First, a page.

What were you doing before your current job in higher ed video?
I ask because I don’t know many of you, but hope to change that with this blog. I’m starting to learn that there’s a broad range of professional and academic backgrounds out there. Because this is a relatively new career option within higher ed, there are still many paths that lead to a university video production role. Did you major in journalism, film, or none of the above? Ever PA on a movie? Shoot weddings or sporting events? Host a youtube show? Operate a news camera? Direct low-budget horror films? Introduce yourself and share your background in the comments section.
I wanted to make a movie about my experience playing professional basketball in France, which led me to grad film school. My colleague and Video For Colleges co-founder is a talented drummer who gained production experience filming concerts and music videos. Podcast co-host Carly Lieberman made animated PSAs and GIFs for the City of Boston’s social media accounts. The newest member of the Northeastern media team returned to his alma mater after a year on the Boston Globes video team.
The first person I ever hired was a Boston bartender at night and an amateur videographer by day. The only video on Mike Mazzanti’s reel was a self-produced promo for his current employer, Flann O’Brien’s Pub. A trusted colleague vouched for Mike, so I offered him two freelance projects as a test. First, he helped me on the set of an important interview with Avatar actor Stephen Lang (I’ve been a fan since he played Ike Clanton in Tombstone). A few days later, I left Mike in a poorly lit conference room with a group of shy Northeastern engineering students and unfamiliar camera equipment. He passed the trial by fire and has continued to work in a university setting ever since.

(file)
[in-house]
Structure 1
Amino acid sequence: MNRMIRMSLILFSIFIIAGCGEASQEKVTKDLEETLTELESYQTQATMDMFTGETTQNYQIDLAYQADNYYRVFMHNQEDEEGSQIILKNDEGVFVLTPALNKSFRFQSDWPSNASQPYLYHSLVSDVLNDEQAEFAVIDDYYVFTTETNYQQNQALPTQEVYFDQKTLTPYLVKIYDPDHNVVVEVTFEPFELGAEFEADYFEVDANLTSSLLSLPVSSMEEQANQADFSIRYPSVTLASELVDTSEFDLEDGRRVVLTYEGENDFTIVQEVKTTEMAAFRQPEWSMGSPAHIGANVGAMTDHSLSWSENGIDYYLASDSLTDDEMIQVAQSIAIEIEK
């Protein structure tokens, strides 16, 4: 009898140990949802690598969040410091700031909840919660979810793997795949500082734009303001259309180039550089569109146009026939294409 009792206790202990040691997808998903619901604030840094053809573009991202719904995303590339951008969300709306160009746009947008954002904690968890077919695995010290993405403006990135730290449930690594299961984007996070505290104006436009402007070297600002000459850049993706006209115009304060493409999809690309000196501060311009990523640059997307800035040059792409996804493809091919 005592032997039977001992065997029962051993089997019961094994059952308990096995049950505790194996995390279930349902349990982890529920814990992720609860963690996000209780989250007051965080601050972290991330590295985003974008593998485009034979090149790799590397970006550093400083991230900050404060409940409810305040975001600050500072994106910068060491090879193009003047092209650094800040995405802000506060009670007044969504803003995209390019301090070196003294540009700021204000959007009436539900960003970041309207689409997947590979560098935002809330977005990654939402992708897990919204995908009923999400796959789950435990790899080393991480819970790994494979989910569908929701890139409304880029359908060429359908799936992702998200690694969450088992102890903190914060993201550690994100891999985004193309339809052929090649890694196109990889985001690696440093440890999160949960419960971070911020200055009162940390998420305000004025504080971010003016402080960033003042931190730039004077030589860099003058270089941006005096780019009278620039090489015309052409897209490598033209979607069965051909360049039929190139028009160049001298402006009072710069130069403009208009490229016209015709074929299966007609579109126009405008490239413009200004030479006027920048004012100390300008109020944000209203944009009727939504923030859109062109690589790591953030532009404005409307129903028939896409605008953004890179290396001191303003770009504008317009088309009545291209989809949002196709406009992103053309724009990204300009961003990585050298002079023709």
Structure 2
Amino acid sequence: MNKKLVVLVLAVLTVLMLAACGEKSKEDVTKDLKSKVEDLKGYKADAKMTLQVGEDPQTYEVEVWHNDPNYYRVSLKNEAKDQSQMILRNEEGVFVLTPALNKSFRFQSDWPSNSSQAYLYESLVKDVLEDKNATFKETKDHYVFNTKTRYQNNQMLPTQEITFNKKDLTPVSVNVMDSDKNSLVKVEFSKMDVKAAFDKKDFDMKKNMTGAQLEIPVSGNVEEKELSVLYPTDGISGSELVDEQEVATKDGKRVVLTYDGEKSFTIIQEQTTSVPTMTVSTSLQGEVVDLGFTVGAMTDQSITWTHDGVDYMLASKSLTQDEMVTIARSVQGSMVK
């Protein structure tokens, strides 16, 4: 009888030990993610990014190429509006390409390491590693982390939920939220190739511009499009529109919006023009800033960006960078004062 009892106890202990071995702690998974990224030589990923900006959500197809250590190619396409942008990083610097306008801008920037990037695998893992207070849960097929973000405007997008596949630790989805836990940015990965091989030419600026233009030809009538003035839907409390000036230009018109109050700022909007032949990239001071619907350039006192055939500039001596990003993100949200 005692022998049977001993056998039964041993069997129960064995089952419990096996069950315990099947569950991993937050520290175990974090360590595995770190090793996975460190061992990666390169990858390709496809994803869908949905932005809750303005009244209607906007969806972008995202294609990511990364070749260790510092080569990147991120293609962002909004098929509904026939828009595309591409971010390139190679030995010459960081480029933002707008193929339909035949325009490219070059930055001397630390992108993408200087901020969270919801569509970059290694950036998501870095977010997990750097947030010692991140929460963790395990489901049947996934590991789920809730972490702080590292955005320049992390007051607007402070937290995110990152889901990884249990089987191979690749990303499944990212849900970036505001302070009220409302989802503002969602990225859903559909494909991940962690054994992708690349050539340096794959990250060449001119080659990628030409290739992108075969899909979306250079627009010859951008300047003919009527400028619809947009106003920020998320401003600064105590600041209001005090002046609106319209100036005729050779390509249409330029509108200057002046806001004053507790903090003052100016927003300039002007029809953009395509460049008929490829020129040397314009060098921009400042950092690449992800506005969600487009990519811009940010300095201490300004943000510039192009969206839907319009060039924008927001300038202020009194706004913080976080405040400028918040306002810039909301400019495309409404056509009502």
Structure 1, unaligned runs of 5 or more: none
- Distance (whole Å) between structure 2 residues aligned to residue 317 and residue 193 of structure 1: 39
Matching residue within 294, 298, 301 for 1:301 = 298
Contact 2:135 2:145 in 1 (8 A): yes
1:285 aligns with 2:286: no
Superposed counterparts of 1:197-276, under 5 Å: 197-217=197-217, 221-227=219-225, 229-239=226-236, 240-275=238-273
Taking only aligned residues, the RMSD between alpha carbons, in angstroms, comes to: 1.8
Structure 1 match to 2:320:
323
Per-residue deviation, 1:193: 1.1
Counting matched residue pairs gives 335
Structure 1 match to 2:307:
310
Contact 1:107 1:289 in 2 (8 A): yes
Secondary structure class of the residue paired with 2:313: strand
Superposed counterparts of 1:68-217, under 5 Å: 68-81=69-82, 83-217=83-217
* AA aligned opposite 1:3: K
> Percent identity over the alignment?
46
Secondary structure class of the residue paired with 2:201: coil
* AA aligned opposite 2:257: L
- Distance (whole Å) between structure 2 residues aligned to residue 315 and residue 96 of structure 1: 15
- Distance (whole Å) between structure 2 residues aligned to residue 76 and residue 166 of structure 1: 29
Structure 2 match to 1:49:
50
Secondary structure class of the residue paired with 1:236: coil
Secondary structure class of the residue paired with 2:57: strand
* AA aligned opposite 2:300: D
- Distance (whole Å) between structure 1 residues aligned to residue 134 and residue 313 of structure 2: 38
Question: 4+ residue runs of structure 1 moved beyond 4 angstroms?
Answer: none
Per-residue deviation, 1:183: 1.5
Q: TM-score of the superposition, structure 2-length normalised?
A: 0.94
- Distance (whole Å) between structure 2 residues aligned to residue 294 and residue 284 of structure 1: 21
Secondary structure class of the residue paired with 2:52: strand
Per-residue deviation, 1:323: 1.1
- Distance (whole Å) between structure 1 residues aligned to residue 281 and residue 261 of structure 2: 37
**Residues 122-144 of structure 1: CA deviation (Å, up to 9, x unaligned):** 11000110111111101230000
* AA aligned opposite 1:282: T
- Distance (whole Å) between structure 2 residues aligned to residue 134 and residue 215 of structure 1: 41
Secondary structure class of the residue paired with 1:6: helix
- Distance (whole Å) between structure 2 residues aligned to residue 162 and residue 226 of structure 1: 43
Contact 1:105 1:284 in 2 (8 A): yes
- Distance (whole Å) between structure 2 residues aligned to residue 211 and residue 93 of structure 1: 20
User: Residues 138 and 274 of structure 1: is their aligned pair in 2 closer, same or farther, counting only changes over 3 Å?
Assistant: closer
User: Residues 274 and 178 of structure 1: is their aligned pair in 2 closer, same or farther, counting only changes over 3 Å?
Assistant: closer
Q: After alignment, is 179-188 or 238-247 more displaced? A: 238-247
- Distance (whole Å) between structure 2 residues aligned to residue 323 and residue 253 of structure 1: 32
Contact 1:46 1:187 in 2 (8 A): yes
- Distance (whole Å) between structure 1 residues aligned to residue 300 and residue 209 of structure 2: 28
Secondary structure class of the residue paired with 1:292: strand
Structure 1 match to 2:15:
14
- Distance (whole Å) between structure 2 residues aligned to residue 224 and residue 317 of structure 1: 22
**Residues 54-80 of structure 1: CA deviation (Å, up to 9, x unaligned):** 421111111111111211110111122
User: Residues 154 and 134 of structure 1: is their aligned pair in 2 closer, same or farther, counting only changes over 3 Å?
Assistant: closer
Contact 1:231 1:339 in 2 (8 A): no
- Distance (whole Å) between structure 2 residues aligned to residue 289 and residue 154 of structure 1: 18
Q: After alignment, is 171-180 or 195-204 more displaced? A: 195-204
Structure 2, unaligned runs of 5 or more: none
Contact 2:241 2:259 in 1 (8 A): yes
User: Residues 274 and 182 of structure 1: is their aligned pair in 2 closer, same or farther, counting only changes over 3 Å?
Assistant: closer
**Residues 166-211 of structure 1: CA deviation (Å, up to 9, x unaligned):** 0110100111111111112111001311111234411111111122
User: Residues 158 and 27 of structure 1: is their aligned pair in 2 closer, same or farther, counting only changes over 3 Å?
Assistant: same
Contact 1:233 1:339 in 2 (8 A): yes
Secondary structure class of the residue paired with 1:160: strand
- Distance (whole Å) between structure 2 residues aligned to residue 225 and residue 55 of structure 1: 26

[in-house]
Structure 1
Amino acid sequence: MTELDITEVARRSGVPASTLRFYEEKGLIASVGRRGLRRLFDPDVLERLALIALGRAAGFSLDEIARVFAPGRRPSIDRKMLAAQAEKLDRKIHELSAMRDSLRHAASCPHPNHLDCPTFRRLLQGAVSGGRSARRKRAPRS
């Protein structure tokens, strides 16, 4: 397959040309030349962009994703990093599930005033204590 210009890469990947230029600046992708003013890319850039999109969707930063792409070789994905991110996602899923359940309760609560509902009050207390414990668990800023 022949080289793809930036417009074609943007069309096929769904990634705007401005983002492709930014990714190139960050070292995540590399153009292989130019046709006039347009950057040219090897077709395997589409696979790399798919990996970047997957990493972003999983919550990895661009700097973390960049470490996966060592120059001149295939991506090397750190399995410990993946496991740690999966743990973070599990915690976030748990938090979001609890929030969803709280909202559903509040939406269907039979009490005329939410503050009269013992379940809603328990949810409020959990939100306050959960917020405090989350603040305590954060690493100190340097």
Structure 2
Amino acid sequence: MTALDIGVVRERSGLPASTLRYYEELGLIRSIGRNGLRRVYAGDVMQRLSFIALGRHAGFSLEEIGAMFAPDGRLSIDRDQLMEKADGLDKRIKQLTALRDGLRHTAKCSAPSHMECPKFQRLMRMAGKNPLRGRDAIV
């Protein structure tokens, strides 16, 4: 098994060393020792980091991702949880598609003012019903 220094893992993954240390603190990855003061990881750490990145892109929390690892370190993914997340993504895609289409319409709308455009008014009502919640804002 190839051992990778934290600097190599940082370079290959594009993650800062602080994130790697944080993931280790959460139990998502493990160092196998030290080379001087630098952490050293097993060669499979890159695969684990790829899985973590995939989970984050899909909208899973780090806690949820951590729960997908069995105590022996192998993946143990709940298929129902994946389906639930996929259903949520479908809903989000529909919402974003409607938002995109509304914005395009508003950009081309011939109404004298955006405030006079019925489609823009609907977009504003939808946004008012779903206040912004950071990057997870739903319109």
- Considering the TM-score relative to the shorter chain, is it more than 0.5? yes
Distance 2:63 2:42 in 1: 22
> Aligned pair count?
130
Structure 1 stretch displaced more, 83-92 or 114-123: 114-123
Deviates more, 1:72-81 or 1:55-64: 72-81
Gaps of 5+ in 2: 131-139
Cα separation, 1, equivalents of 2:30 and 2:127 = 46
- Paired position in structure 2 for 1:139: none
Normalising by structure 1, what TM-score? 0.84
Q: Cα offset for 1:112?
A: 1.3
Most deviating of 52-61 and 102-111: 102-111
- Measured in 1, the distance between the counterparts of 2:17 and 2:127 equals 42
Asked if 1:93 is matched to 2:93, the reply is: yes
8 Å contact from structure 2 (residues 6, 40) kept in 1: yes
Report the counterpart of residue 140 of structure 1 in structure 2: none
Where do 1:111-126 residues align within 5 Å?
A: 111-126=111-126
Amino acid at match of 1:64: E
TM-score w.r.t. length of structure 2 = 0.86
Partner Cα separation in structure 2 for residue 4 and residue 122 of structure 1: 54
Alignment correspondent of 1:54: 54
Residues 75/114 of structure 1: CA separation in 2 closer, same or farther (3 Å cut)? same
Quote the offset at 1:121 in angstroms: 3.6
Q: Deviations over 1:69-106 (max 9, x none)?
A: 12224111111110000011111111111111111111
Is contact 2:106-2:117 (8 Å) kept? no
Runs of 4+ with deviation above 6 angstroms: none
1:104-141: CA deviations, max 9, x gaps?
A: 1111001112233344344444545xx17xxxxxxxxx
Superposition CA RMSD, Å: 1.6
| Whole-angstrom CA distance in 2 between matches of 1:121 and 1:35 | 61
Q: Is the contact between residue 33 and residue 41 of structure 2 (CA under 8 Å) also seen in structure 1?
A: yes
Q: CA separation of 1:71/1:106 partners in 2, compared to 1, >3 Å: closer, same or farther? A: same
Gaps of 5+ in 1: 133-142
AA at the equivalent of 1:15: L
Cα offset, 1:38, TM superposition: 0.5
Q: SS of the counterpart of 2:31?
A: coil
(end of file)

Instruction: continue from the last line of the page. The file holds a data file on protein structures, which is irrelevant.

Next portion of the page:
After producing videos for Northeastern and Harvard, Mike is now doing incredible work for University of Colorado Health. Two videos he produced this year won Heartland Emmy Awards. I have no doubt his latest short will be nominated next year. Just watch the first thirty seconds before listening to the podcast? As an interviewer, how did Mike get the subject to provide the perfect opening? Listen to find out.